The Navarre Bible Commentary explains that Mary and Joseph realized that his reply contained a deeper meaning which they did not grasp. They grew to understand it as the life of their Child unfolded. Mary’s and Joseph’s Faith and their reverence towards the boy Jesus led them not to ask any further questions but to reflect on Jesus’ words and behavior in this instance, as they had done on other occasions. Without fully understanding Jesus or the events that were unfolding in her family, Mary was willing to believe and trust in the wisdom of God. Jesus lived like any other inhabitant of Nazareth, working at the same trade as Saint Joseph and earning His living by the sweat of His brow. This is the last reference to Saint Joseph in the Gospels and is a beautiful tribute to him: obedient to his guidance, Jesus grew to perfect manhood. Jesus grew in all ways – physically, intellectually, emotionally, spiritually – for the work that lay ahead of Him. According Bible scholars the infancy narratives of Jesus in Mathew and Luke give us the “Christological moment.” It means that by their infancy narratives, both Mathew and Luke have pushed the moment of the revelation of Jesus as God’s Son back from the baptism (where Mark presents it: “You are My beloved Son”, Mark 1:11) to the time of Jesus conception and birth.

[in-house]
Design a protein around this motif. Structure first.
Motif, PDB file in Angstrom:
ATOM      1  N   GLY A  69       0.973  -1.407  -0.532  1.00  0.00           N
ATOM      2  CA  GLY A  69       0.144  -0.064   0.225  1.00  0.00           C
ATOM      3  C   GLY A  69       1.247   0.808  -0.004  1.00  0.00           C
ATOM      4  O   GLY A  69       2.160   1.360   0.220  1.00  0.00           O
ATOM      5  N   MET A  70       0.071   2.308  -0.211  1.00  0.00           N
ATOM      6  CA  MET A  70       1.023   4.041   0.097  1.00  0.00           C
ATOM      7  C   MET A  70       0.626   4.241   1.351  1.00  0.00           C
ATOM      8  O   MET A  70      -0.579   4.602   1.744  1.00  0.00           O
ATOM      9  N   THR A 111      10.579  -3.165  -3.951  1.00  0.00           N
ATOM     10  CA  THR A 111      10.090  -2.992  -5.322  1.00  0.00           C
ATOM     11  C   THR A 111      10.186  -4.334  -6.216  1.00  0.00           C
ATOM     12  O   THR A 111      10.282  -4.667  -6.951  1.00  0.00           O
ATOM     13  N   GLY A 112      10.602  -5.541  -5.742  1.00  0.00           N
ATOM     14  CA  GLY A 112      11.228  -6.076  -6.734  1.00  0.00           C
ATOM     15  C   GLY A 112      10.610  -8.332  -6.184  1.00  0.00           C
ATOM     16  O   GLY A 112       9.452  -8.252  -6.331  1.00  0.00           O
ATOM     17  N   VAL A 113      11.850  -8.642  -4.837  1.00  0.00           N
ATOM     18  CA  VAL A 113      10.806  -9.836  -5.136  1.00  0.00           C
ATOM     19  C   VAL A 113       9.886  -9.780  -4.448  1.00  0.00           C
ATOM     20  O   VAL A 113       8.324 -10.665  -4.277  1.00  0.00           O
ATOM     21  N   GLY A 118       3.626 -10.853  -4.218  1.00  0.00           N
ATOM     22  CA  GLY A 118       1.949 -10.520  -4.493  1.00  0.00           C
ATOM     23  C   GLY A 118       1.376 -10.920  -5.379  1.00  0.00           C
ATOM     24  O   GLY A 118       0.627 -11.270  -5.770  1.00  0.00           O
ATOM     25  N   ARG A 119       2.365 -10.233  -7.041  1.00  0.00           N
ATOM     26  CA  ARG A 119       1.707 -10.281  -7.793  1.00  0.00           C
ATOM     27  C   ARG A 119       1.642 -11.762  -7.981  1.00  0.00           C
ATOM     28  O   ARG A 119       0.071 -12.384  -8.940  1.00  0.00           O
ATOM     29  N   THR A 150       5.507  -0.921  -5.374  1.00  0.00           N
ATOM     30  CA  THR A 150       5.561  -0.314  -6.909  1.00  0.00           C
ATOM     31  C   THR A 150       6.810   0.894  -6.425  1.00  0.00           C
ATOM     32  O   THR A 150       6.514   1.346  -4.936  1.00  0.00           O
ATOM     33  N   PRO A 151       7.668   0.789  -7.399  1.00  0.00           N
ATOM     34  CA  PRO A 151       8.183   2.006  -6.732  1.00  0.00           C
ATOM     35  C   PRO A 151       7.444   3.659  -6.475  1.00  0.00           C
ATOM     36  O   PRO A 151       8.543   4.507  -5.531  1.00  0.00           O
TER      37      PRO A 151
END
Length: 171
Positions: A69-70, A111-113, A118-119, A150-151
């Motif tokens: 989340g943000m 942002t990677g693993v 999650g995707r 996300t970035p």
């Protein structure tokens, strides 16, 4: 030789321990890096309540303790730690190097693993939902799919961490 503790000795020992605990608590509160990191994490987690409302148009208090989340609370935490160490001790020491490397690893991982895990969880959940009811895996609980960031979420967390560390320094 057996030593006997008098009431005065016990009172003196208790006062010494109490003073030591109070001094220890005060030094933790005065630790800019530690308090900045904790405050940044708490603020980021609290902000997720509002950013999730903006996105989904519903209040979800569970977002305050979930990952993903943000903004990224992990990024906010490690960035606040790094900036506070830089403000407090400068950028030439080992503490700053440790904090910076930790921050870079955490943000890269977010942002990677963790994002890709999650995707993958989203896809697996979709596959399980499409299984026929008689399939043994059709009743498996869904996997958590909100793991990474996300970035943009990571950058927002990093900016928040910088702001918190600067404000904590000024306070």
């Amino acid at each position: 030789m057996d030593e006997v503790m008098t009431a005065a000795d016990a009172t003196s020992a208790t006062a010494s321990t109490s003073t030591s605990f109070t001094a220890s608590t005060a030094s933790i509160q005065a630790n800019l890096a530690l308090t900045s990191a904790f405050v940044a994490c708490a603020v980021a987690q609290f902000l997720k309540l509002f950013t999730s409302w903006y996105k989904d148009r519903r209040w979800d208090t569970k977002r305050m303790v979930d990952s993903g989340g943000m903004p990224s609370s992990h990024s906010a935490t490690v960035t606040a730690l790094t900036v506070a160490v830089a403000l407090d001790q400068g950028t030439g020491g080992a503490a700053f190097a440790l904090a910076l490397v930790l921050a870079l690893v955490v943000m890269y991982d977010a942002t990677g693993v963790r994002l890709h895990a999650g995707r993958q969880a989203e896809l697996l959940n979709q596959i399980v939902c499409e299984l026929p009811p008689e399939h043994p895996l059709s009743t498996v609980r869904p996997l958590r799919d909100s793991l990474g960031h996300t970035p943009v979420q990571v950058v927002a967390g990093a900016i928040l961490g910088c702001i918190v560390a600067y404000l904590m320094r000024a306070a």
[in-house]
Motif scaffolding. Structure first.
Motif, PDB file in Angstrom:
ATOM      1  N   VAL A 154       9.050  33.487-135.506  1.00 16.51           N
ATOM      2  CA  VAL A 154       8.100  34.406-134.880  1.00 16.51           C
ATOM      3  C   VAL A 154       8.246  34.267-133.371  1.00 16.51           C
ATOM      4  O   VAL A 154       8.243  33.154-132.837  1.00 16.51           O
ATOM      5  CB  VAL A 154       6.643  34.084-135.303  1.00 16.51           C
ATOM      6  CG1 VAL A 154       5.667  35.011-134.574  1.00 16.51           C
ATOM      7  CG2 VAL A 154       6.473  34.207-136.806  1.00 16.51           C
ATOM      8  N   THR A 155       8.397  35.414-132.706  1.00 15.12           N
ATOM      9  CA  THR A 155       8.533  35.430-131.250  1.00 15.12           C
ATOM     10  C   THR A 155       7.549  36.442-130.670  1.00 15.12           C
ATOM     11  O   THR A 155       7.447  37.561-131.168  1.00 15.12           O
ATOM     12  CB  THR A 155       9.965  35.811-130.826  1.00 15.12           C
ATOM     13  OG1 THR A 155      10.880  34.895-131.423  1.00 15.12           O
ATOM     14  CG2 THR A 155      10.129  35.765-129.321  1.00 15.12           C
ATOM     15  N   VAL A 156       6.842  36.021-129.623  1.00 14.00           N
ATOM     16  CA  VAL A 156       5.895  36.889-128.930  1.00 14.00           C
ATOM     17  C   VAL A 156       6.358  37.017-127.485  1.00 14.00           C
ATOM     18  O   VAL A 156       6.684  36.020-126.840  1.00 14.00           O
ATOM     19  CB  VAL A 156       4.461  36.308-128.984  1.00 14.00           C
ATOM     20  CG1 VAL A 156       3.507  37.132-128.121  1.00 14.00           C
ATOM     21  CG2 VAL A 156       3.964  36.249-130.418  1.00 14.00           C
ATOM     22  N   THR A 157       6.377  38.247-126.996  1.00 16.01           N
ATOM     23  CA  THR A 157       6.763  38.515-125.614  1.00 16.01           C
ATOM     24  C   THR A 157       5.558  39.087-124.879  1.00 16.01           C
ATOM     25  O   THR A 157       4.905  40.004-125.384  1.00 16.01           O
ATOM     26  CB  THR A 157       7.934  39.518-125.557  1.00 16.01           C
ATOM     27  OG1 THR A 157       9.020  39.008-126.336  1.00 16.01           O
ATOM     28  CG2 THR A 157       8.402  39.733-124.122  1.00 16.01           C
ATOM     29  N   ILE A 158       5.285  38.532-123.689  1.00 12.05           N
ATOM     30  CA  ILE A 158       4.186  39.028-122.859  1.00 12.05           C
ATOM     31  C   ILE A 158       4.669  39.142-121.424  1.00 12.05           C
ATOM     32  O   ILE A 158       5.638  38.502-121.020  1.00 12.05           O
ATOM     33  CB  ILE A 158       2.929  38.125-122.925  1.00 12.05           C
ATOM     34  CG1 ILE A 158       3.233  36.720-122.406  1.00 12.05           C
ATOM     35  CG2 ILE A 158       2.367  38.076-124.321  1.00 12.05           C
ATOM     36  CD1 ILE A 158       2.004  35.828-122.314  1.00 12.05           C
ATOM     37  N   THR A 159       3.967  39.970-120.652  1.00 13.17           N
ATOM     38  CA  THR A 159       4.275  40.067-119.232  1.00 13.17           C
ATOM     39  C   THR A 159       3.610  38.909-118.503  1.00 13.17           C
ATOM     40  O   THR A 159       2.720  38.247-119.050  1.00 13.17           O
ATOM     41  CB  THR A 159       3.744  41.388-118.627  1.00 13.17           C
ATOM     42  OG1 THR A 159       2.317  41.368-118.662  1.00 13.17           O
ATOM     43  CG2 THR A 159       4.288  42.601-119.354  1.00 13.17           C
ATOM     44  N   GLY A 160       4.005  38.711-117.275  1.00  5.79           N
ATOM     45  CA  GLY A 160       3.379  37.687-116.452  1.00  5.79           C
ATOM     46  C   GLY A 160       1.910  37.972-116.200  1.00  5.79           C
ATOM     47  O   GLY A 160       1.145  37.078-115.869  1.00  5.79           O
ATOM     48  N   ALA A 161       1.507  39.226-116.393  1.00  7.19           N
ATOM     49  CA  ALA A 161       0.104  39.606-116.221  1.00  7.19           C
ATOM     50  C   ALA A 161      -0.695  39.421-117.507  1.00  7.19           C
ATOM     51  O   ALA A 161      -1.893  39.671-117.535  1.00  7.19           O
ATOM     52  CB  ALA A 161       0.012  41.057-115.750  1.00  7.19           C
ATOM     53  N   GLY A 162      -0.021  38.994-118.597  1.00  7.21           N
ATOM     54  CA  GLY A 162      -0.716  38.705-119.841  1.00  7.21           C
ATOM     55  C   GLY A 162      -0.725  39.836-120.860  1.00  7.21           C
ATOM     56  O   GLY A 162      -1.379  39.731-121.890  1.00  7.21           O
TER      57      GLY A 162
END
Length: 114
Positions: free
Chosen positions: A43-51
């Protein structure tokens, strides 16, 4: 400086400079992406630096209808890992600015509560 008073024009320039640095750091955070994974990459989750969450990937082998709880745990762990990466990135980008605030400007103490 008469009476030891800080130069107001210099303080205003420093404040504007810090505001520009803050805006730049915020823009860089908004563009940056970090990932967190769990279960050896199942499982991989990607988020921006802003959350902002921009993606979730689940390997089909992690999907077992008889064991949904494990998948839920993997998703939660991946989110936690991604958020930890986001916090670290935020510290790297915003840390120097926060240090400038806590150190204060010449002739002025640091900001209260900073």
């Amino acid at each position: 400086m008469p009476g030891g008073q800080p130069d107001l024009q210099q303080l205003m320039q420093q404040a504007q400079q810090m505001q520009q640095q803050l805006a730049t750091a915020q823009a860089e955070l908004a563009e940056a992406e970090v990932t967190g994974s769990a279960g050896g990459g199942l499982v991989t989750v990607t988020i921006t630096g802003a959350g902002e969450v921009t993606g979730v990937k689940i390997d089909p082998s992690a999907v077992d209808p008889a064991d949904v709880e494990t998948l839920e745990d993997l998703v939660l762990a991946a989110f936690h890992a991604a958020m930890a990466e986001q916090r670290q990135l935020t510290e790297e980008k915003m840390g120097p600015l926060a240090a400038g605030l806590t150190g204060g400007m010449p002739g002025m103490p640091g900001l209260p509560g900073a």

Life Messages: 1) We need to learn lessons from the Holy Family: By celebrating the Sunday following Christmas as the Feast of the Holy Family, the Church encourages us to look to the Family of Jesus, Mary and Joseph for inspiration, example and encouragement.   They were a model family in which both parents worked hard, helped each other, understood and accepted each other, and took good care of their Child so that He might grow up not only in human knowledge but also as a Child of God. Jesus brought holiness to the family of Joseph and Mary as Jesus brings us holiness by embracing us in His family. The Catechism of the Catholic Church gives the following advice to the parents: “Parents have the first responsibility for the education of their children.  They bear witness to this responsibility first by creating a home where tenderness, forgiveness, respect, fidelity, and disinterested service are the rule.  The home is well-suited for education in the virtues. This requires an apprenticeship in self-denial, sound judgment, and self-mastery – the preconditions of all true freedom. Parents should teach their children to subordinate the ‘material and instinctual dimensions to interior and spiritual ones.'” The CCC adds: “Parents have a grave responsibility to give good example to their children.” (CCC #2223).